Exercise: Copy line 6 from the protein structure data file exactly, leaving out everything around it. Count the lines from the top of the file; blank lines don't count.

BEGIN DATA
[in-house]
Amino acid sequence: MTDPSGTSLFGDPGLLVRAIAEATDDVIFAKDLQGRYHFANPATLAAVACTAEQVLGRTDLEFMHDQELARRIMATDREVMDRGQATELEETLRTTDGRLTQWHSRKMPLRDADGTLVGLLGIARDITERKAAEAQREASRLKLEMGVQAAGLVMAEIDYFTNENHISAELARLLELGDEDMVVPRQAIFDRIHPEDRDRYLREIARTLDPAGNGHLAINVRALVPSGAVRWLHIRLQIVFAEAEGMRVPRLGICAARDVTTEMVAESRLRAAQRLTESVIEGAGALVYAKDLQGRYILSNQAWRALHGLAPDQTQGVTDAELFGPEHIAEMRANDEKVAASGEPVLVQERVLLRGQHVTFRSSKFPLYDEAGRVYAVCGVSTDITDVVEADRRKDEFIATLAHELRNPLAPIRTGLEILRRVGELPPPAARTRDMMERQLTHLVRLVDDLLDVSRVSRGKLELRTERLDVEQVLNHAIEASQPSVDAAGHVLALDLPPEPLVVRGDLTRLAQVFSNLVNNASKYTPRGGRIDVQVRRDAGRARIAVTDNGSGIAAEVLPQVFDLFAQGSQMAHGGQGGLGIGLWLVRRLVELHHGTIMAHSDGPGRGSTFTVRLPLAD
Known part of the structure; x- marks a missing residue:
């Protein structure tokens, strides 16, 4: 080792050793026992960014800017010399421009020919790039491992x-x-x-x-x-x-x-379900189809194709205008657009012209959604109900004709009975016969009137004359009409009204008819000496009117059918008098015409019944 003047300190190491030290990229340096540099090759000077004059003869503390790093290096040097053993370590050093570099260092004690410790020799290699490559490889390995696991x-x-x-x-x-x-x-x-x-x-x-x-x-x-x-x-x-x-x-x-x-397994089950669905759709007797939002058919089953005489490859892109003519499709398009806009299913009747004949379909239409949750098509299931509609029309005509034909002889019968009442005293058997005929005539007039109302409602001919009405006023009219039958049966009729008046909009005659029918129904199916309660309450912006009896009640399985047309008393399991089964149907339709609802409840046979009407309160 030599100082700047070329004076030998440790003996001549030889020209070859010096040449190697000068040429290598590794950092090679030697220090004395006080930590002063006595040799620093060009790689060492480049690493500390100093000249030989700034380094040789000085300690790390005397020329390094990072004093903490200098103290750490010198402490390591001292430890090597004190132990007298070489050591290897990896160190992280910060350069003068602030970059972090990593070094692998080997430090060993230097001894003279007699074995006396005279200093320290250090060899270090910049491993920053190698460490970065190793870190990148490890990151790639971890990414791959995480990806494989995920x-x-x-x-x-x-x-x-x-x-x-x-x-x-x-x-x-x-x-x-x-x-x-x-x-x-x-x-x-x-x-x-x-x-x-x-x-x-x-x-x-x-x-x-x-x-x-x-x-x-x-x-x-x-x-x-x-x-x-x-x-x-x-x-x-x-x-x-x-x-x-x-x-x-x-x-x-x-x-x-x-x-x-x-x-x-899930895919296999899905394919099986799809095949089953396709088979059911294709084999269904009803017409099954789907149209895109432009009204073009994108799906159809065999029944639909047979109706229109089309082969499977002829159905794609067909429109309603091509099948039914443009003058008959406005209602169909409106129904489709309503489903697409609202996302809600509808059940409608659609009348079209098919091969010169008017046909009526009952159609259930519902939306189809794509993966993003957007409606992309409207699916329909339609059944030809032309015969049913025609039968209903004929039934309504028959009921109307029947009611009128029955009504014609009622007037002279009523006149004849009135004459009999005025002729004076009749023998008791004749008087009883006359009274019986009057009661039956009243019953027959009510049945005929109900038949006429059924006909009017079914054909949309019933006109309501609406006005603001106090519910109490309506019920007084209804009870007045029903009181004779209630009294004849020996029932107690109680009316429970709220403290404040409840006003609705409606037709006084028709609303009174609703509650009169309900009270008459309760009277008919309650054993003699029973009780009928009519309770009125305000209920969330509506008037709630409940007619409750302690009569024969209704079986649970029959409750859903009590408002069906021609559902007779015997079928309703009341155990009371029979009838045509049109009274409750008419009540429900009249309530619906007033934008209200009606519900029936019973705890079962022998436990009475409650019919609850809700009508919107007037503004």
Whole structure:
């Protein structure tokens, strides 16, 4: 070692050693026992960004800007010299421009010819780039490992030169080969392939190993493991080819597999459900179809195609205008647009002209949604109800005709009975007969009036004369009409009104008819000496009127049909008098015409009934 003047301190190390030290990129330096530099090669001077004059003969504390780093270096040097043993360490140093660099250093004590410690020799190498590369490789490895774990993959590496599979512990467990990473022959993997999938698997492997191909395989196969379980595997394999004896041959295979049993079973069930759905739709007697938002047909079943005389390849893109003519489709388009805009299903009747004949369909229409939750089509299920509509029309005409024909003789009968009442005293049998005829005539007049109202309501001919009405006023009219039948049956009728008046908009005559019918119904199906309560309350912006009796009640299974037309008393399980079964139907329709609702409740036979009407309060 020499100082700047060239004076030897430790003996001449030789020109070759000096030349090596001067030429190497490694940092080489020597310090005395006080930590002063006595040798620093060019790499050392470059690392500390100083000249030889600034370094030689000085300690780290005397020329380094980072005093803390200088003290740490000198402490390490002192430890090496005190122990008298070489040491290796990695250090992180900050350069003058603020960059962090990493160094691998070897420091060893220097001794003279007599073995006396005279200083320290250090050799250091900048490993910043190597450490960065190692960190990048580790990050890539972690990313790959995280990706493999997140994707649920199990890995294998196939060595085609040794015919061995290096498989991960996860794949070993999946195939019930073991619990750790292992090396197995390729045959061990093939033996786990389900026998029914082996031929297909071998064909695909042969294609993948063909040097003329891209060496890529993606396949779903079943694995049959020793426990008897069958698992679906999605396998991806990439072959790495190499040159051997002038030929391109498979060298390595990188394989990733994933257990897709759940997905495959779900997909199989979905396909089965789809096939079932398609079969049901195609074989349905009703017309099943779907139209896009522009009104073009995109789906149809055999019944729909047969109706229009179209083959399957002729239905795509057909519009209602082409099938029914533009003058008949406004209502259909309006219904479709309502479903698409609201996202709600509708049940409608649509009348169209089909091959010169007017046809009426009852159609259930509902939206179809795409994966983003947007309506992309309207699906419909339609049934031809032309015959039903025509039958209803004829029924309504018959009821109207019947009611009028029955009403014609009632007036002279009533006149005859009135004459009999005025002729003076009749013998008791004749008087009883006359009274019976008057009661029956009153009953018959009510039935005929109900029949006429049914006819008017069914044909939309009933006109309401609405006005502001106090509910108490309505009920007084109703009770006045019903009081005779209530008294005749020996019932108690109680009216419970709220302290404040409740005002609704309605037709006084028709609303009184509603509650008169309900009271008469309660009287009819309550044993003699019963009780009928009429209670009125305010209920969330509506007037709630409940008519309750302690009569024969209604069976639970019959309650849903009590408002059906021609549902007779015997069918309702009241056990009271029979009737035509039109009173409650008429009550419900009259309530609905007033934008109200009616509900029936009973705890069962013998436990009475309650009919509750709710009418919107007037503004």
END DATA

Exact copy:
């Protein structure tokens, strides 16, 4: 070692050693026992960004800007010299421009010819780039490992030169080969392939190993493991080819597999459900179809195609205008647009002209949604109800005709009975007969009036004369009409009104008819000496009127049909008098015409009934 003047301190190390030290990129330096530099090669001077004059003969504390780093270096040097043993360490140093660099250093004590410690020799190498590369490789490895774990993959590496599979512990467990990473022959993997999938698997492997191909395989196969379980595997394999004896041959295979049993079973069930759905739709007697938002047909079943005389390849893109003519489709388009805009299903009747004949369909229409939750089509299920509509029309005409024909003789009968009442005293049998005829005539007049109202309501001919009405006023009219039948049956009728008046908009005559019918119904199906309560309350912006009796009640299974037309008393399980079964139907329709609702409740036979009407309060 020499100082700047060239004076030897430790003996001449030789020109070759000096030349090596001067030429190497490694940092080489020597310090005395006080930590002063006595040798620093060019790499050392470059690392500390100083000249030889600034370094030689000085300690780290005397020329380094980072005093803390200088003290740490000198402490390490002192430890090496005190122990008298070489040491290796990695250090992180900050350069003058603020960059962090990493160094691998070897420091060893220097001794003279007599073995006396005279200083320290250090050799250091900048490993910043190597450490960065190692960190990048580790990050890539972690990313790959995280990706493999997140994707649920199990890995294998196939060595085609040794015919061995290096498989991960996860794949070993999946195939019930073991619990750790292992090396197995390729045959061990093939033996786990389900026998029914082996031929297909071998064909695909042969294609993948063909040097003329891209060496890529993606396949779903079943694995049959020793426990008897069958698992679906999605396998991806990439072959790495190499040159051997002038030929391109498979060298390595990188394989990733994933257990897709759940997905495959779900997909199989979905396909089965789809096939079932398609079969049901195609074989349905009703017309099943779907139209896009522009009104073009995109789906149809055999019944729909047969109706229009179209083959399957002729239905795509057909519009209602082409099938029914533009003058008949406004209502259909309006219904479709309502479903698409609201996202709600509708049940409608649509009348169209089909091959010169007017046809009426009852159609259930509902939206179809795409994966983003947007309506992309309207699906419909339609049934031809032309015959039903025509039958209803004829029924309504018959009821109207019947009611009028029955009403014609009632007036002279009533006149005859009135004459009999005025002729003076009749013998008791004749008087009883006359009274019976008057009661029956009153009953018959009510039935005929109900029949006429049914006819008017069914044909939309009933006109309401609405006005502001106090509910108490309505009920007084109703009770006045019903009081005779209530008294005749020996019932108690109680009216419970709220302290404040409740005002609704309605037709006084028709609303009184509603509650008169309900009271008469309660009287009819309550044993003699019963009780009928009429209670009125305010209920969330509506007037709630409940008519309750302690009569024969209604069976639970019959309650849903009590408002059906021609549902007779015997069918309702009241056990009271029979009737035509039109009173409650008429009550419900009259309530609905007033934008109200009616509900029936009973705890069962013998436990009475309650009919509750709710009418919107007037503004």